On our final day in Belfast we started the day with a Black Cab Tour. The tours take you around a more residential part of the city, the location of many political murals encompassing the Troubles Northern Ireland experienced since 1968. As an outsider and someone unfamiliar with the political history of the area, I never would have known of these conflicts had it not been for this tour. A little background for those of you who are also unfamiliar: the Troubles started in 1968 due to a civil rights march, which was the result of tension and unrest between the Protestants and the Catholics. The main part of the divide resides in the fact that the Protestants feel they should be loyal to the Queen, and that they are part of the United Kingdom. Opposing this belief is the Catholics stance supporting the transition to a separate Republic of Ireland.
Our first stop was in the Protestant side of town. Our group was led mainly by two informative yet unbiased guides—one from each side of the opposing groups. The guides were knowledgable, talking to us about the events following the initial civil rights march and the repercussions in each neighborhood. One of the main events that occurred on the Protestant side was the building and burning of large bonfires throughout their community. The fires were built on the eleventh night, anticipating the twelfth of July, which was associated with the Glorious Revolution. The Twelfth has been known to be associated with violence, which worsened during the 30 year period of the Troubles.
Our next stop was what was called the “peace wall,” which was a large wall built to divide the two communities. Driving up to the wall, we passed roads with large gates known as separation barriers. Our guide informed us that every night at 6pm the gates are closed, solidifying the separation. We were able to get out and walk around near the peace wall. The wall was covered top to bottom with messages written by both visitors and locals, most of which expressed their disapproval of the divide. Sayings like “where is the love” and “love trumps hate” were the majority. It was eerie knowing that this degree of separation was felt to be needed by the people of this area. We were also informed that it was not uncommon for people to throw rocks or even objects like golf balls over the wall in attempts to harm those on the other side. It was to the point where the homes situated near the wall built protective barriers around their houses.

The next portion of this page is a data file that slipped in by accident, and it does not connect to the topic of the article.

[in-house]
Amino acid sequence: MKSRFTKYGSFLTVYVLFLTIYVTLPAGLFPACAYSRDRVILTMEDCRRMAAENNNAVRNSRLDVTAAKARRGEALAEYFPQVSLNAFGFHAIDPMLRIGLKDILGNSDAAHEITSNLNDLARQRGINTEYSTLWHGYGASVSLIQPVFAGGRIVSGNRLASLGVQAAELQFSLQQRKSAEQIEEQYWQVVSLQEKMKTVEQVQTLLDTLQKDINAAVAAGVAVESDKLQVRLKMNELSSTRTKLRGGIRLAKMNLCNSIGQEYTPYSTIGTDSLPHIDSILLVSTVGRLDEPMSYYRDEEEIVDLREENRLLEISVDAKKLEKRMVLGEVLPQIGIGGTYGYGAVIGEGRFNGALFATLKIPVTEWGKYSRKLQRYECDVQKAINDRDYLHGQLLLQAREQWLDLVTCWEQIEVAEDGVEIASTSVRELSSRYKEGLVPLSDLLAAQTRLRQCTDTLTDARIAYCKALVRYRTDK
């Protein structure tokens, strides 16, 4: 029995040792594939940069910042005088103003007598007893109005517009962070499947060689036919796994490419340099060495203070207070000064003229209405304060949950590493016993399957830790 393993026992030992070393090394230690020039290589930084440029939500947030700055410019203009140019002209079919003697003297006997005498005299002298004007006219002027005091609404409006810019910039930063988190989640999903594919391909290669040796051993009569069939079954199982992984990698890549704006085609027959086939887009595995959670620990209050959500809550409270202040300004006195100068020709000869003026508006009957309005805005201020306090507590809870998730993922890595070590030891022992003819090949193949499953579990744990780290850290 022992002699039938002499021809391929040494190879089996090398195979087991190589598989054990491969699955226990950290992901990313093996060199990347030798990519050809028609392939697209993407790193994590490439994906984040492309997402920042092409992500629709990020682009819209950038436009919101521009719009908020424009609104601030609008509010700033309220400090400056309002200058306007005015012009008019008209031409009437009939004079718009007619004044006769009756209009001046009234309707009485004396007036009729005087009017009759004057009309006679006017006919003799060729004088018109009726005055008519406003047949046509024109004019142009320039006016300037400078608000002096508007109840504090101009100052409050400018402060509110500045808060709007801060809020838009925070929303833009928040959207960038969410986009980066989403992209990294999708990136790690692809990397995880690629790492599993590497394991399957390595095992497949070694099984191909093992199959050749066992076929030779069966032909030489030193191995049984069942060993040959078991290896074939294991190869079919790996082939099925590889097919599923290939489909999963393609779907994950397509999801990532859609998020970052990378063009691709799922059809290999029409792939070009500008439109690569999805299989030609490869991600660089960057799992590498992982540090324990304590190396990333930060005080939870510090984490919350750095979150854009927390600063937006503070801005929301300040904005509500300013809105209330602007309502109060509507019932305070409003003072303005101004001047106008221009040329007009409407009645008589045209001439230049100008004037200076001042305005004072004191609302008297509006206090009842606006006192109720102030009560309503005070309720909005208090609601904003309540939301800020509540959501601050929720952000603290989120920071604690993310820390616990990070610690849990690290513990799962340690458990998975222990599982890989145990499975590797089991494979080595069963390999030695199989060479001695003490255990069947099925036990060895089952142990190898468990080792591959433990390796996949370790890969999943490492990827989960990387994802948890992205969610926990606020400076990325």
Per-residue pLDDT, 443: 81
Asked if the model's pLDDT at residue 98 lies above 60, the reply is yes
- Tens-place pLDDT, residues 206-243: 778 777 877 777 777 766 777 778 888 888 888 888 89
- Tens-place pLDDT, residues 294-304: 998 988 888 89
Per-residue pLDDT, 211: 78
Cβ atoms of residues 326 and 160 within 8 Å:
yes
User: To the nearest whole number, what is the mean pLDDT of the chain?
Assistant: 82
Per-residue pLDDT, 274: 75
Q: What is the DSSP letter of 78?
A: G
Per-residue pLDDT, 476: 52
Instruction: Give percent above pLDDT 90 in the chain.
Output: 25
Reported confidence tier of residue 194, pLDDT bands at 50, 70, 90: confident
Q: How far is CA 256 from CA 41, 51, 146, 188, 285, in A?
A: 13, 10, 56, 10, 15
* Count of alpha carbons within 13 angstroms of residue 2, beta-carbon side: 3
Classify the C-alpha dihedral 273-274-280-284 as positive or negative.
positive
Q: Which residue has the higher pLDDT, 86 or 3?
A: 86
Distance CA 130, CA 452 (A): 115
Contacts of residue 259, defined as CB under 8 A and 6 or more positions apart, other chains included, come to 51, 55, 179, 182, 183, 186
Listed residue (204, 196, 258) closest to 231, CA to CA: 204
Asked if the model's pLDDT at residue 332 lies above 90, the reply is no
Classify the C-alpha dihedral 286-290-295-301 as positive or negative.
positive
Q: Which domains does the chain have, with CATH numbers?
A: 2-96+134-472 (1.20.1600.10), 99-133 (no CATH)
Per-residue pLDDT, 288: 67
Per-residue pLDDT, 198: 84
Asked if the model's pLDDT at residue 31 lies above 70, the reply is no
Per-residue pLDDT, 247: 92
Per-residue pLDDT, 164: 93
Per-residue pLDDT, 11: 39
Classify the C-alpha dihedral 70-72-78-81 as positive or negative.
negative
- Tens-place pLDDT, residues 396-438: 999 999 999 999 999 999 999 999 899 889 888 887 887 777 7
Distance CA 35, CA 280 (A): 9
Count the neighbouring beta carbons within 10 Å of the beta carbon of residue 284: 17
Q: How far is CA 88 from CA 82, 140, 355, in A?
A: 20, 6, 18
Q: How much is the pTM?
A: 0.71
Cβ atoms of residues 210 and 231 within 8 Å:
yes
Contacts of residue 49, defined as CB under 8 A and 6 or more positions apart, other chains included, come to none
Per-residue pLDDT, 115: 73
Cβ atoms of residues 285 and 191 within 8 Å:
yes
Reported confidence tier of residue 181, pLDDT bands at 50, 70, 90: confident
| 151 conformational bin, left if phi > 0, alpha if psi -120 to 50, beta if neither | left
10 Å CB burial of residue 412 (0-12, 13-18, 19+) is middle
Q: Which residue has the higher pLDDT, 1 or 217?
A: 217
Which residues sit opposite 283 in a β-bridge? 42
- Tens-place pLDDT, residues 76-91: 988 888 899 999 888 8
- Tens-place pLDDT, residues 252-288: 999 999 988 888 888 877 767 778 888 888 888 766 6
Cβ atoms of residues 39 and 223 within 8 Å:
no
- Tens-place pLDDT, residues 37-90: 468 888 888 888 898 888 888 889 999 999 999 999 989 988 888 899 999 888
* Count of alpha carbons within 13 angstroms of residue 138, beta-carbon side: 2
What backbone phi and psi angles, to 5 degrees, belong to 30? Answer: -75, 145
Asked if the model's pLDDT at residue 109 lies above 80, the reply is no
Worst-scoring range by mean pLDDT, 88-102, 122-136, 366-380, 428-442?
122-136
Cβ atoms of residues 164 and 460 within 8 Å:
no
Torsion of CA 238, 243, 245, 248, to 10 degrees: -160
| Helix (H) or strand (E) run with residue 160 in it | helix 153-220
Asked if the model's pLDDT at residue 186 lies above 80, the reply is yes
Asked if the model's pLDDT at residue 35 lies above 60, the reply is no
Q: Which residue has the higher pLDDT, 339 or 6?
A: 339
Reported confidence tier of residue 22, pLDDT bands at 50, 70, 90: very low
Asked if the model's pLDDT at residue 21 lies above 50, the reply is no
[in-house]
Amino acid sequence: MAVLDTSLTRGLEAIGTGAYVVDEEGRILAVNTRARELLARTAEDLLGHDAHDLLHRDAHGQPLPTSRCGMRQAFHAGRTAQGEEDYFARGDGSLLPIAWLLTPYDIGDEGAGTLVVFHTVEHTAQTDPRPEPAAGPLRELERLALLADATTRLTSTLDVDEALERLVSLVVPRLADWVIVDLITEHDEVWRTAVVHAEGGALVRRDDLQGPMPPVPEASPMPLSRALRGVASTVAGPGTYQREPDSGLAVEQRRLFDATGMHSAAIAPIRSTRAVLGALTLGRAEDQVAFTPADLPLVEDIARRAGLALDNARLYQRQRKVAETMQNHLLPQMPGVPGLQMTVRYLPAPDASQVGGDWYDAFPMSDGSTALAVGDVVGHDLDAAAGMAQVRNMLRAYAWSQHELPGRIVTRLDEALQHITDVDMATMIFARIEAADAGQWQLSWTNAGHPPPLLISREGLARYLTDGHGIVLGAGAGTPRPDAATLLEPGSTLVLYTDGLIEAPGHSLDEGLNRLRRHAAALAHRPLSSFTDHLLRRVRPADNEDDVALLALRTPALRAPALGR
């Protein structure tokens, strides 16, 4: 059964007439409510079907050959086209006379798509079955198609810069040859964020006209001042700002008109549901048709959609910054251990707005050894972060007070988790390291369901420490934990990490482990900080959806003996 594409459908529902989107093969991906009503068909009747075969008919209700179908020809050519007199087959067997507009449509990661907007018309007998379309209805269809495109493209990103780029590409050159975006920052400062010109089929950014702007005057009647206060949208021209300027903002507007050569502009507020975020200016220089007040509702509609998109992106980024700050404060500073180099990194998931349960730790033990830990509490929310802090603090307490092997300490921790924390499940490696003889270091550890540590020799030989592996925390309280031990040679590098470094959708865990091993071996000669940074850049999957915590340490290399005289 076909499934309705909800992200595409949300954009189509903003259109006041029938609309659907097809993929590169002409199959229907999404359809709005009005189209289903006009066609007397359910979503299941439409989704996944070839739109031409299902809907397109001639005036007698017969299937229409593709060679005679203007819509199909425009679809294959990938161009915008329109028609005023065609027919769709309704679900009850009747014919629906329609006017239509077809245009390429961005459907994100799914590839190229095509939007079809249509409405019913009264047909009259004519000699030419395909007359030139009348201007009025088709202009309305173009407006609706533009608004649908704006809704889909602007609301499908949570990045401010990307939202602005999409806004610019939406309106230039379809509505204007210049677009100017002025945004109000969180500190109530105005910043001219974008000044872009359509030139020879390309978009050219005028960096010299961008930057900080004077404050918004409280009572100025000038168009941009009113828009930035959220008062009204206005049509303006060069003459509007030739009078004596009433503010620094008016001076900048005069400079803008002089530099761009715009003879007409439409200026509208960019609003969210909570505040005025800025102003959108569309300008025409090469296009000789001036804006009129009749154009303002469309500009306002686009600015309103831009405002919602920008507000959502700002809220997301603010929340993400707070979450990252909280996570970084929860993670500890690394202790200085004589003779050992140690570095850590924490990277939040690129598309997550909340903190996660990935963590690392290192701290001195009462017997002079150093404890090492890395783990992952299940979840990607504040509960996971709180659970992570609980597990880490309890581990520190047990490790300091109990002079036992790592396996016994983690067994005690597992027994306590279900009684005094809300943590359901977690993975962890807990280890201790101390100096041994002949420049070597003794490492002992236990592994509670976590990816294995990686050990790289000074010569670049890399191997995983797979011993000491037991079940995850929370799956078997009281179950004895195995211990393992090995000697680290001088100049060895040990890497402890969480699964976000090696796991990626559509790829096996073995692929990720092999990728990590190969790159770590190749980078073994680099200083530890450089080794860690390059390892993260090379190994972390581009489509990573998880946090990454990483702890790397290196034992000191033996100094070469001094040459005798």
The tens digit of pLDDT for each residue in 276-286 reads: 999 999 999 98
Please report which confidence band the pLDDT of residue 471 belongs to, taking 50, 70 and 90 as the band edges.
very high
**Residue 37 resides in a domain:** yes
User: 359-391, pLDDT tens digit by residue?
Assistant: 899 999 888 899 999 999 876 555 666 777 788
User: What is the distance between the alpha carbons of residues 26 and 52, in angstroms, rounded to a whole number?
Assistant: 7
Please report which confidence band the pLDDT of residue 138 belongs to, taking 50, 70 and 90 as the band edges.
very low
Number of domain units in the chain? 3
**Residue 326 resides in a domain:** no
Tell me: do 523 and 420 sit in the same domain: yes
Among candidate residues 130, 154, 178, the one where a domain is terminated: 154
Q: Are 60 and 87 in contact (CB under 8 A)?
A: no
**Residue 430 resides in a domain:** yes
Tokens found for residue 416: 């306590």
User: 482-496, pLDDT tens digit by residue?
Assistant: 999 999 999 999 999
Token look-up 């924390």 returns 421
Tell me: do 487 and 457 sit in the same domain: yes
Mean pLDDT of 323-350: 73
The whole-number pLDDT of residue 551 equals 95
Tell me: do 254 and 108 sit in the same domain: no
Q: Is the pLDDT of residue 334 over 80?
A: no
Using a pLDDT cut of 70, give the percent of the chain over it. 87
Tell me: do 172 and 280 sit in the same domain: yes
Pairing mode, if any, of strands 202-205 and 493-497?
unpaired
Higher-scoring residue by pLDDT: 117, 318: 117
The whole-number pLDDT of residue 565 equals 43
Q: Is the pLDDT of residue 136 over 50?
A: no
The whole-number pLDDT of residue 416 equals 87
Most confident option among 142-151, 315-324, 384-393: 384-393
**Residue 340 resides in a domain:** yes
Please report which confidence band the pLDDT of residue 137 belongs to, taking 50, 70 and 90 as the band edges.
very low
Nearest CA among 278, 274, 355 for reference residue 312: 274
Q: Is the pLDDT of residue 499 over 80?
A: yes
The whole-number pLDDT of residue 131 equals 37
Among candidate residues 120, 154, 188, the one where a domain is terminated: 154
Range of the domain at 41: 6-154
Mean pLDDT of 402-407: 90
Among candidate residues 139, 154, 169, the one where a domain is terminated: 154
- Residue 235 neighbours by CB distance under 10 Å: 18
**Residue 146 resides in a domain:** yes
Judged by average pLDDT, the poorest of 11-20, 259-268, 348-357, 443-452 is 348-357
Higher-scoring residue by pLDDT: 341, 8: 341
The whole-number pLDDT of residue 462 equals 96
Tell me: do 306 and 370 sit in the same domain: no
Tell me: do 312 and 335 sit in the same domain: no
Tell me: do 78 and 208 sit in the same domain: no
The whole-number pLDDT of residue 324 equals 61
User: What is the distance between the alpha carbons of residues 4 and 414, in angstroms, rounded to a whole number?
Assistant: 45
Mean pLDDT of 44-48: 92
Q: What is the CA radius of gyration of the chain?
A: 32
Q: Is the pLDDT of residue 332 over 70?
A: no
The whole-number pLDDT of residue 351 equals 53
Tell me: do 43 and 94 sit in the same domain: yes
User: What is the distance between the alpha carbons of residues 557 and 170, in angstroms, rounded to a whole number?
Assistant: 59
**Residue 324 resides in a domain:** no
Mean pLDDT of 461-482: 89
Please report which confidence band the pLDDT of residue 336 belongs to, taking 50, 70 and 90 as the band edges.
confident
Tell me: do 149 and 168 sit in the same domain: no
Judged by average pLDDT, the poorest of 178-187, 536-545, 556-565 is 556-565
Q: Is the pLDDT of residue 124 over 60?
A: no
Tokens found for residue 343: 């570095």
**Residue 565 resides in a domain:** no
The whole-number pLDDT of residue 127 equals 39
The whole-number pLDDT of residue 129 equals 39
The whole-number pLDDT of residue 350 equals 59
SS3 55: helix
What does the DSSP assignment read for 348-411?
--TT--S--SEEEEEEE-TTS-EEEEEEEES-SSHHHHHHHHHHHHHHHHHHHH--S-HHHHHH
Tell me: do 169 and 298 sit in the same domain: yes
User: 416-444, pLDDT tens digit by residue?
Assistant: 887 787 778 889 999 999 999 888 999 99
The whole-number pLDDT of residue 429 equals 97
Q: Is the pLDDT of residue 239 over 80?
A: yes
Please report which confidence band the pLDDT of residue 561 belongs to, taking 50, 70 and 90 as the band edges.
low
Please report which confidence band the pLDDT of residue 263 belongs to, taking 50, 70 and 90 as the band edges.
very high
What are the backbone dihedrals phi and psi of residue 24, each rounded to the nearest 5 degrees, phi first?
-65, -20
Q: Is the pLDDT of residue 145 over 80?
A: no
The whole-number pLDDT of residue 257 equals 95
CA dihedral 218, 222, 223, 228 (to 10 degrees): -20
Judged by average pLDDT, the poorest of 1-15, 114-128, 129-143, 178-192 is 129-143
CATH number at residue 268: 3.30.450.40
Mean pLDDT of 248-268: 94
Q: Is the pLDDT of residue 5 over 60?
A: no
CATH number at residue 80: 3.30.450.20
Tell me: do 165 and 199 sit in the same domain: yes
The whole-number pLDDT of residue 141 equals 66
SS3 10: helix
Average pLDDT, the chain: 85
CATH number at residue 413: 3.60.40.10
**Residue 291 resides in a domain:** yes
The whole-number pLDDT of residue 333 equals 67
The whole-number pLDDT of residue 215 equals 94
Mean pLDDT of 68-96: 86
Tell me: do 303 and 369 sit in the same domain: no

We finished our tour in the Catholic side of town at a memorial remembering those who were killed during the Troubles. We heard stories of victims being shot by rubber bullets and attacked on the streets. Hearing these stories really put things into perspective as to how severe this divide was, and how deeply the communities were affected by it. Our last stop was at a mural commemorating their most famous civil rights activist, Bobby Sands, who was known for his commitment to the Provisional IRA. The Provisional IRA was an Irish republican parliamentary organization who’s goal was to separate Northern Ireland from the reign of the U.K. and bring together all of Ireland as its own independent nation.
Today, the Protestants and the Catholics are able to coexist in the city, doing things like working and shopping together. However, they still retreat to their designated communities once the work day is done, and once the gates are closed. I had no idea the prevalence of division in Northern Ireland, and this tour opened my eyes to the division, continuing to exist today.